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water lily

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By Kazuyanagae (Own work), CC-BY-SA-3.0, via Wikimedia Commons

Last Friday was an equinox. It also happened to be the scheduled release date for the latest version 1.3 of PhantomJS, the scriptable headless WebKit. Its code repository has been tagged so that you can build it from source. Alternatively, just use the source packages. Expect binary packages for major operating systems to catch up and become available in few days or weeks.

For a complete and detailed info of the new features and other changes in this version, I refer you to the official release notes. Most of you are probably excited with the filesystem module, originally championed by James and Ivan. This module has a lot of functions to deal with files and directories, modelled after CommonJS Filesystem proposal. Included in the examples folder is a short script demonstrating the API:

// List all the files in a directory
if (phantom.args.length !== 1) {
    console.log("Usage: phantomjs scandir.js DIRECTORY_TO_SCAN");
var scanDirectory = function (path) {
    var fs = require('fs');
    if (fs.exists(path) && fs.isFile(path)) {
    } else if (fs.isDirectory(path)) {
        fs.list(path).forEach(function (e) {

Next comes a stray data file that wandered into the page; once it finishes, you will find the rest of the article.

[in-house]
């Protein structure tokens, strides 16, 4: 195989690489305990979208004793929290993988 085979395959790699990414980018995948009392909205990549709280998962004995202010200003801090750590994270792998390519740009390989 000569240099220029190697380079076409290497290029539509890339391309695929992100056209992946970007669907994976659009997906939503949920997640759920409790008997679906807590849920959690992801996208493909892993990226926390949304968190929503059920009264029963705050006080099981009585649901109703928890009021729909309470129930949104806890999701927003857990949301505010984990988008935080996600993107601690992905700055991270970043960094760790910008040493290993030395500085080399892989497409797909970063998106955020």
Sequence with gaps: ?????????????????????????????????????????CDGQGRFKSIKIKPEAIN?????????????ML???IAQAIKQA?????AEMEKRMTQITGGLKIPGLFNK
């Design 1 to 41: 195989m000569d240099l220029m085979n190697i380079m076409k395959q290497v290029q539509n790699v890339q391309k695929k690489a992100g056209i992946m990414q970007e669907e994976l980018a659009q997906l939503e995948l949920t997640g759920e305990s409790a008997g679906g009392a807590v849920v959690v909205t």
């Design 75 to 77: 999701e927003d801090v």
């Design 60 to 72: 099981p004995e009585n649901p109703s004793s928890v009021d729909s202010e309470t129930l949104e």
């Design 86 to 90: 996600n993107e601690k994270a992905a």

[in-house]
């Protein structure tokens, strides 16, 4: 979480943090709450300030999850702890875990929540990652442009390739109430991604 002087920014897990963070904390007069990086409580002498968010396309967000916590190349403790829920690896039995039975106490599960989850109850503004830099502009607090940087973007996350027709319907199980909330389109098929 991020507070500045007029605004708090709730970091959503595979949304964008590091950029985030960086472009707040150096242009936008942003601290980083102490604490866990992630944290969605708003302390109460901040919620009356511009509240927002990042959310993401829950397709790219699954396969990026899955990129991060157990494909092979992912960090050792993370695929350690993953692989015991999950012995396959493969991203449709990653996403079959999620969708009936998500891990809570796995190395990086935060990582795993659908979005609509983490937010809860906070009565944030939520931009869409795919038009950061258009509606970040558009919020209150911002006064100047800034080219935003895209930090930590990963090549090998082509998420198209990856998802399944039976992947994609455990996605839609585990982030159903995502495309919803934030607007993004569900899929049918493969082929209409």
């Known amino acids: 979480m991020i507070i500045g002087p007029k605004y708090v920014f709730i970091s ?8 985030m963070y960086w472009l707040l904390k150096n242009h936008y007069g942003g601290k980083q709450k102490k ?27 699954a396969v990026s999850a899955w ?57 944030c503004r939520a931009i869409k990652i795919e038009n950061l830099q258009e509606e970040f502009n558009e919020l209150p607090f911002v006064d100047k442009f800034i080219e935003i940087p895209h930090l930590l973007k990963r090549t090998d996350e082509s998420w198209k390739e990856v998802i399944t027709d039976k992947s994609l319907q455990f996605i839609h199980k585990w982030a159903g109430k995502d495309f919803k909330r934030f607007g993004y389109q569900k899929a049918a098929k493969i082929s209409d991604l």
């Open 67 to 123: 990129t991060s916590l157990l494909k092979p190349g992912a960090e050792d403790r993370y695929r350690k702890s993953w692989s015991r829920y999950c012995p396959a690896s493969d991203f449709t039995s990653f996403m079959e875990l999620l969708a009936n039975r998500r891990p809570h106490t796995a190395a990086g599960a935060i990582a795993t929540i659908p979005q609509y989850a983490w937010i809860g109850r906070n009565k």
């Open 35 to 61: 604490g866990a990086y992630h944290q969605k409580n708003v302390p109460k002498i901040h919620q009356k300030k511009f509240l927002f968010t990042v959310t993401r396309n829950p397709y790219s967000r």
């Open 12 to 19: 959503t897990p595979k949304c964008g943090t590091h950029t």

if ( e !== "." && e !== ".." ) {
                scanDirectory(path + '/' + e);

My other favorite new weird feature is the callback for page initialization. It is triggered after the web page is created but right before any client code in the loaded URL is executed. This has a nice side effect: you can hijack and tweak the global objects that the web page will see. For example, this short code fragment effectively modifies the behavior of Math.random() to do something completely different:

page.onInitialized = function() {
    Math.random = function() {
        return 0.42; // one-hundredth of "The Answer"

I’m confident there are other useful tricks you can achieve by employing this initialization callback.

There are also other nice new goodies as well as minor bug fixes which may be of interest to you. Again, details can be read in the release notes.

Since the previous release, there have been more coverage of PhantomJS in various blogs. If you are curious to see the different use cases, have a look at the compiled list of those external articles. The number of related software projects and organizations which is known to use PhantomJS is also increasing rapidly.

This third minor update Water Lily follows the path of the previous two, Birds of Paradise and Cherry Blossom (there are of course the stories why the names are chosen that way). As for the future, the plan should reveal itself in the coming weeks. Expect a delightful beauty to pave the way for PhantomJS 1.4!

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